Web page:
Inside the envelope is a letter and a check for $50,000. The agent is awe-struck, who would possibly send him $ 50,000? He reads the letter enclosed...
'Dear Sir, Five years ago, I came into your office wanting to become an actor in Hollywood , you told me I needed to change my name. Determined to make it with my God-given birth name, I refused. You told me I would never make it in Hollywood with a name like Penis van Lesbian. After I left your office, I thought about what you said. I decided you were right. I had to change my name. I had too much pride to return to your office, so I signed with another agent. I would never have made it without changing my name, so the enclosed check is a token of my appreciation.
Thank you for your advice.
Dick van Dyke
Easy Street (1917) is an easy film to watch, even for viewers who have never seen a silent movie, and serves as a good introduction to the brilliance of the genre. Get a good print and it immediately sucks you in and the years fall away as the film somehow becomes contemporary.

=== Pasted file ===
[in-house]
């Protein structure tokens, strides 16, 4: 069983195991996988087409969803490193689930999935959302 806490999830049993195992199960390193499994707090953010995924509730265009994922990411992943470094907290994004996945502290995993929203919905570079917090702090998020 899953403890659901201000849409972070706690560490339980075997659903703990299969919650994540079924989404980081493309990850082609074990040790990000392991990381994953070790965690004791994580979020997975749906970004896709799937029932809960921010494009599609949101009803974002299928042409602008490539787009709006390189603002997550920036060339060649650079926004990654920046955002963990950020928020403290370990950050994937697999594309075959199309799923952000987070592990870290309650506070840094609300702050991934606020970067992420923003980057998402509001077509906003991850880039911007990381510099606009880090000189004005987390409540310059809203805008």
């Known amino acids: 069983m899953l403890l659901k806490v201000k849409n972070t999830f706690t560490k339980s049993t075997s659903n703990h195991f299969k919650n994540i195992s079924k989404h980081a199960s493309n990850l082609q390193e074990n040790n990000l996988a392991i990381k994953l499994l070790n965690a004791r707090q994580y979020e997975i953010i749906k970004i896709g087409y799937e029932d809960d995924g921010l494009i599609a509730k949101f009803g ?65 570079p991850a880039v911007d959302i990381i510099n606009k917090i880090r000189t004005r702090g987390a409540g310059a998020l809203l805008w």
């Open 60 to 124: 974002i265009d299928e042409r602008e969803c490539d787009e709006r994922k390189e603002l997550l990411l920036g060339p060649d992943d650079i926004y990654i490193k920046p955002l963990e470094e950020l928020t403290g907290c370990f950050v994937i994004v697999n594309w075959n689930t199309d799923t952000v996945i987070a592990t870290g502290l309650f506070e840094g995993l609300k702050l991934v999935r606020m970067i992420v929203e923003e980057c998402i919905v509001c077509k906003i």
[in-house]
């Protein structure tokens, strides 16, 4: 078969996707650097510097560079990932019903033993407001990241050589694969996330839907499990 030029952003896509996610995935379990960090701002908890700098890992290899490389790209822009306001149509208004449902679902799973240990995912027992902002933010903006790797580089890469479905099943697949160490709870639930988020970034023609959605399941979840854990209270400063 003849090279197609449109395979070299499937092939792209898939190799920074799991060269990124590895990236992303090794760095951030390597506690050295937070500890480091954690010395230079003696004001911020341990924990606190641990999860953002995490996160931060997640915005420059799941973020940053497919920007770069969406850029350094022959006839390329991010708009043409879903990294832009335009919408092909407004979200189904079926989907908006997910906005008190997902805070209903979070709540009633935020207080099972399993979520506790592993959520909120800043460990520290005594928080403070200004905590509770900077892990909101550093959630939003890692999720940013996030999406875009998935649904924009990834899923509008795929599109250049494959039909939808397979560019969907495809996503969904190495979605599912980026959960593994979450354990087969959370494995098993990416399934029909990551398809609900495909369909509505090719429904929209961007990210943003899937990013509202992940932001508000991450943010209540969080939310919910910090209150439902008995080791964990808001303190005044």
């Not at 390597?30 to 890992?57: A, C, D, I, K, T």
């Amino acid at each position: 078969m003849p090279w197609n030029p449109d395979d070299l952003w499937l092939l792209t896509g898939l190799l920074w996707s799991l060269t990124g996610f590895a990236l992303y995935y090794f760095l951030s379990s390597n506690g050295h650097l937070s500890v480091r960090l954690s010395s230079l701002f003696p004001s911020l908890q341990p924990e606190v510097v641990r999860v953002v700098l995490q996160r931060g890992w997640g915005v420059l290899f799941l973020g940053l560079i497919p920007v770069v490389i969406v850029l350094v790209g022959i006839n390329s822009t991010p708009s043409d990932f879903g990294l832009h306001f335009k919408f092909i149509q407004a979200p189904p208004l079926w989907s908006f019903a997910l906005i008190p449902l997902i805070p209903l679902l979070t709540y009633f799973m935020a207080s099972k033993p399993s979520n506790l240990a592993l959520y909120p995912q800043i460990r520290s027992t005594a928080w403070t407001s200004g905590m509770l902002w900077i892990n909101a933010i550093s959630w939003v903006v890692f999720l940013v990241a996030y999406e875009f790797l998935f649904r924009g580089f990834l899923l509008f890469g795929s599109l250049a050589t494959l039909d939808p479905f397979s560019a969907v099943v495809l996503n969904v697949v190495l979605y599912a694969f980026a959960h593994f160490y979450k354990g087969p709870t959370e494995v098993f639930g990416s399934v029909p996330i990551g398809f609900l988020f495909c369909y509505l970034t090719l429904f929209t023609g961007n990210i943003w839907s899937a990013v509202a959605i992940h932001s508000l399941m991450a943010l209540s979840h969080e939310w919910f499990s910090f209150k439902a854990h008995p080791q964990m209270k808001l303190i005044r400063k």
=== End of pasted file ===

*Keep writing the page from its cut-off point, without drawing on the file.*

It sees Chaplin's tramp joining the police force and being given the job of cleaning up the crime ridden Easy Street. It's basically one elongated chase after another but Chaplin handles the romance between the tramp and his then favourite squeeze, Edna Purveyance with a restraint that makes it all the more touching.
The chase between the tramp and the thug (Eric Campbell), several times his size, was actually filmed in one take which is incredible - it ends with the iconic scene of the tramp knocking the thug out with the gas from a street lamp. The thug in a display of strength has bent the lamp in half - Charley climbs on his back and slips the hood over his head, turning the gas on full as he does so.
The film contains much pathos - which is what people often attack Chaplin for, saying he's too much sentimental - and it was these ideals that would form much of the basis for his problems with the Unamerican committee, but it works well and anyone who knows Chaplin will know that the tramp was always human. And the social commentary was drawn from the star's own hardships suffered during the extreme poverty of his own youth. Chaplin suffered more than most - at 15 years of age he had to take his mother to the local asylum which was only the start of years of mental problems for his beloved mother. And more than once the entire family ended up in the workhouse.
Easy Street is a classic short piece of cinema - Chaplin would go on to make some all time classics at feature length - The Kid, Modern Times, Gold Rush, City Lights but this short is one of his most well realised shorts. If you've never paid attention to the silents before then check this one out - far from being outdated these films will still be watched when the CGI, big budget movies of today have long faded from memory.